In the Garden: Transplanting

May in Kentucky is the perfect time to start transplanting summer crops like tomatoes, basil, and herbs. Give your plants a head start with these transplanting tips so they can thrive all summer long!

Top tips for transplanting this summer:

  • Consider the time of day - If it’s a hot day outside it’s better to transplant early in the morning or evening to avoid the main heat of the day and prevent your new plants from immediately wilting.

  • Water immediately- It’s best to water in transplants right after they get planted or time your planting when you know rain is in the forecast. Gardeners can use a simple watering can, soaker hose, or drip irrigation on a larger row. It will be easier for the plants to establish roots with this additional water.

  • Add a bit of fish- Fish emulsion is an organic fertilizer that can be purchased at your local garden store. You can add a capful to a watering can and water transplants in a flat or their container ahead of planting. This will give plants a bit of nutrient boost to help counteract the shock of transplanting.

  • Cover to the base of stem - If you are deciding how far up to cover a transplant the best option is to aim for where the stem of the plant meets the base of the transplanting medium. The exception is if you are planting tomatoes. Fun tomato fact: any part of their stem that touches soil will put down roots. It’s easier to bury these deeper (possibly up the first leaf) so you have a stronger sturdier root system.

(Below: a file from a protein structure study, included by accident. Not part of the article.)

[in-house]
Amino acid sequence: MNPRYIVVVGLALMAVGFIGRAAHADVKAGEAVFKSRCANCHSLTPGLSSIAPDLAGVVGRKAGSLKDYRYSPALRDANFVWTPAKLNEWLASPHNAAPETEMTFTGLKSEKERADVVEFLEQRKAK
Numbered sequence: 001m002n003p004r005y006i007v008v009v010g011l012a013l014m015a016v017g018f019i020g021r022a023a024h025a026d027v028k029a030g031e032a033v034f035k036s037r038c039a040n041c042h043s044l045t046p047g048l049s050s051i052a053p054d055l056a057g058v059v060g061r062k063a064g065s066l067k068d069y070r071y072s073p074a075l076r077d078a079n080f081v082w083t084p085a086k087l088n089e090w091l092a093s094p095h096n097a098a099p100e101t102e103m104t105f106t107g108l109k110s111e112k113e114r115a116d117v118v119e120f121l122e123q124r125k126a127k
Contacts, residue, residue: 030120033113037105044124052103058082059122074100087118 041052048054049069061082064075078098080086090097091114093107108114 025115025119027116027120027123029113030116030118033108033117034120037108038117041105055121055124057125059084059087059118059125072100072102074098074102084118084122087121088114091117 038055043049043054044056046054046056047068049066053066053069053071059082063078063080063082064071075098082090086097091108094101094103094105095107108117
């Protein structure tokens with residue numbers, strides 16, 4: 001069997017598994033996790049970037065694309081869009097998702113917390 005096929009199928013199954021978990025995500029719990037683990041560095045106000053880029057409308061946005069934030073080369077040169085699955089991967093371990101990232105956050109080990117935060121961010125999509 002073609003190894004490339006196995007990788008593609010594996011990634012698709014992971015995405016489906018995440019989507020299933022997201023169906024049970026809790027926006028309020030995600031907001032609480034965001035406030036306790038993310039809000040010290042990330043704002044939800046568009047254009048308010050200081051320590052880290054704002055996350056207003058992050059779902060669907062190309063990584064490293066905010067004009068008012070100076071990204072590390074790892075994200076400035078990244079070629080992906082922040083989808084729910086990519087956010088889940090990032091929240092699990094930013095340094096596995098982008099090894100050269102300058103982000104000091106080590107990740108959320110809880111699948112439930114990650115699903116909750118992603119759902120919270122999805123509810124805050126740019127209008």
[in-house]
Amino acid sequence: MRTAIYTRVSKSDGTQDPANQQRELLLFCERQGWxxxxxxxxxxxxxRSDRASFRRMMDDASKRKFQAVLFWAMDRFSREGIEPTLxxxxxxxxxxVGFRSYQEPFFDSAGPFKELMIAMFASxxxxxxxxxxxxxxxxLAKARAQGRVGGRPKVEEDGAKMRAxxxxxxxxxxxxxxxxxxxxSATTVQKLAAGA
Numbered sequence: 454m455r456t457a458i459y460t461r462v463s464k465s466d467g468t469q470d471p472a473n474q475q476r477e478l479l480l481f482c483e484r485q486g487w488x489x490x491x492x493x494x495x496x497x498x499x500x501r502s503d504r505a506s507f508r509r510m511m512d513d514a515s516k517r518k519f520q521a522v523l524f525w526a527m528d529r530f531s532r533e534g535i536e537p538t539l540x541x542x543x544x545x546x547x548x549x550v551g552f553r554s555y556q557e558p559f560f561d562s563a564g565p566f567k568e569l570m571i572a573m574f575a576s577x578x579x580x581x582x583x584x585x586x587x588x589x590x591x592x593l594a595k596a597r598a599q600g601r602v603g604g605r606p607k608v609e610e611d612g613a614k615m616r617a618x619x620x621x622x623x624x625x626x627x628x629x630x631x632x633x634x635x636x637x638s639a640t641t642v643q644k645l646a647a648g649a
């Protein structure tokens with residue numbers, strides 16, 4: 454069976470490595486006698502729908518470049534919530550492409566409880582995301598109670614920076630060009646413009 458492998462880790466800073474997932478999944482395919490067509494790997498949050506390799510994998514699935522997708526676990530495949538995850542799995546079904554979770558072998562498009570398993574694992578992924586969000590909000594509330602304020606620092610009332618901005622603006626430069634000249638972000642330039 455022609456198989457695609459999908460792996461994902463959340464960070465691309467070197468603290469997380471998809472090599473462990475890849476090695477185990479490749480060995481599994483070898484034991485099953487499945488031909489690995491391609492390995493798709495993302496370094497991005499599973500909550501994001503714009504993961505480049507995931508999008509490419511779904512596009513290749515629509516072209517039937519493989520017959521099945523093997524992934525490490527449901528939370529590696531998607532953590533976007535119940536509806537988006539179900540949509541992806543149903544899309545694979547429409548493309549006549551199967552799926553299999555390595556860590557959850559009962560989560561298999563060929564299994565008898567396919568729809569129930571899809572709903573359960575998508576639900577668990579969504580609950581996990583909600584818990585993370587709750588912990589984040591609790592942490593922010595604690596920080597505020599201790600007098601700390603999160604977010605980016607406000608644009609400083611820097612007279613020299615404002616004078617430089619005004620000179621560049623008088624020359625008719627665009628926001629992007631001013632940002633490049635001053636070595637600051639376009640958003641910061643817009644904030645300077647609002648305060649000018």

• Use a guide- If you are looking to plant in a row use a piece of string or a measuring tape as planting guide along the bed so you have accurate spacing.

  • Don’t be afraid to companion plant- A lot of summer crops as long as they are of different heights can be planted in the same bed to minimize weeds and maximize space. A great example is tomatoes down the middle of a bed and alternating basil plants offset one-third of the way into the bed.

  • Keep the weeds down- If you know time is going to be a limiting factor in the garden this year directly transplant into landscape fabric. Do this by cutting a strip of landscape fabric the length and width of your bed and then securing it with fabric staples. Lay out your transplants at your preferred distance and then take a pocket knife and cut an x to plant transplants into the soil.

Search By Tags
Follow Us
  • Facebook Basic Square
  • Twitter Basic Square
  • Google+ Basic Square